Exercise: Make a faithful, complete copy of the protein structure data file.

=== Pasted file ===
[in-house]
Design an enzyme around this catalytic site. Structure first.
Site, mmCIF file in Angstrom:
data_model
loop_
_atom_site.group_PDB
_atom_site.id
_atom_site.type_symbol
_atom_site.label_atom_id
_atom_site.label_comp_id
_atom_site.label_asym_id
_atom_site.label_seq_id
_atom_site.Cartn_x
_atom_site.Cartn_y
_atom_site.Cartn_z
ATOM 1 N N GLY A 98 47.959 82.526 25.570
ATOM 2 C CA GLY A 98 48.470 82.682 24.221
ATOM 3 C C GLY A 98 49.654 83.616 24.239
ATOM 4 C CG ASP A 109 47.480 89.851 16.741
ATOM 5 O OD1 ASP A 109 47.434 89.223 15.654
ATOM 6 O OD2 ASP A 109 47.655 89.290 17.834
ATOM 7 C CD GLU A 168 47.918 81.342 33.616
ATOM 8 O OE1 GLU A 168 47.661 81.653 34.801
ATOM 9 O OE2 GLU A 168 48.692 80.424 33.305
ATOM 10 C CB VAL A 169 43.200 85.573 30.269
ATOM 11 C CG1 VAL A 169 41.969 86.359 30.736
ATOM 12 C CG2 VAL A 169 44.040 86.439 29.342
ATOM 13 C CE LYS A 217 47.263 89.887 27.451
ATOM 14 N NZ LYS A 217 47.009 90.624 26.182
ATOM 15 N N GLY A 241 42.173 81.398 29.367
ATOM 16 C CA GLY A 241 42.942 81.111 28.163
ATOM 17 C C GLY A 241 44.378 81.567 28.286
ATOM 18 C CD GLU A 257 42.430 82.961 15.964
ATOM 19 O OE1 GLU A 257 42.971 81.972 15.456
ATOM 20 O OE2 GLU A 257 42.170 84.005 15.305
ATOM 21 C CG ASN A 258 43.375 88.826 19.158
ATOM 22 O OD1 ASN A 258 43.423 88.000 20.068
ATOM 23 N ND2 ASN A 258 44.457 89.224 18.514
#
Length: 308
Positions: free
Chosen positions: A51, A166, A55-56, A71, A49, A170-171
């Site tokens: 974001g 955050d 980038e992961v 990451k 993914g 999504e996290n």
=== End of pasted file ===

[in-house]
Design an enzyme around this catalytic site. Structure first.
Site, mmCIF file in Angstrom:
data_model
loop_
_atom_site.group_PDB
_atom_site.id
_atom_site.type_symbol
_atom_site.label_atom_id
_atom_site.label_comp_id
_atom_site.label_asym_id
_atom_site.label_seq_id
_atom_site.Cartn_x
_atom_site.Cartn_y
_atom_site.Cartn_z
ATOM 1 N N GLY A 98 47.959 82.526 25.570
ATOM 2 C CA GLY A 98 48.470 82.682 24.221
ATOM 3 C C GLY A 98 49.654 83.616 24.239
ATOM 4 C CG ASP A 109 47.480 89.851 16.741
ATOM 5 O OD1 ASP A 109 47.434 89.223 15.654
ATOM 6 O OD2 ASP A 109 47.655 89.290 17.834
ATOM 7 C CD GLU A 168 47.918 81.342 33.616
ATOM 8 O OE1 GLU A 168 47.661 81.653 34.801
ATOM 9 O OE2 GLU A 168 48.692 80.424 33.305
ATOM 10 C CB VAL A 169 43.200 85.573 30.269
ATOM 11 C CG1 VAL A 169 41.969 86.359 30.736
ATOM 12 C CG2 VAL A 169 44.040 86.439 29.342
ATOM 13 C CE LYS A 217 47.263 89.887 27.451
ATOM 14 N NZ LYS A 217 47.009 90.624 26.182
ATOM 15 N N GLY A 241 42.173 81.398 29.367
ATOM 16 C CA GLY A 241 42.942 81.111 28.163
ATOM 17 C C GLY A 241 44.378 81.567 28.286
ATOM 18 C CD GLU A 257 42.430 82.961 15.964
ATOM 19 O OE1 GLU A 257 42.971 81.972 15.456
ATOM 20 O OE2 GLU A 257 42.170 84.005 15.305
ATOM 21 C CG ASN A 258 43.375 88.826 19.158
ATOM 22 O OD1 ASN A 258 43.423 88.000 20.068
ATOM 23 N ND2 ASN A 258 44.457 89.224 18.514
#
Length: 308
Positions: free
Chosen positions: A51, A166, A55-56, A71, A49, A170-171
């Site tokens: 974001g 955050d 980038e992961v 990451k 993914g 999504e996290n």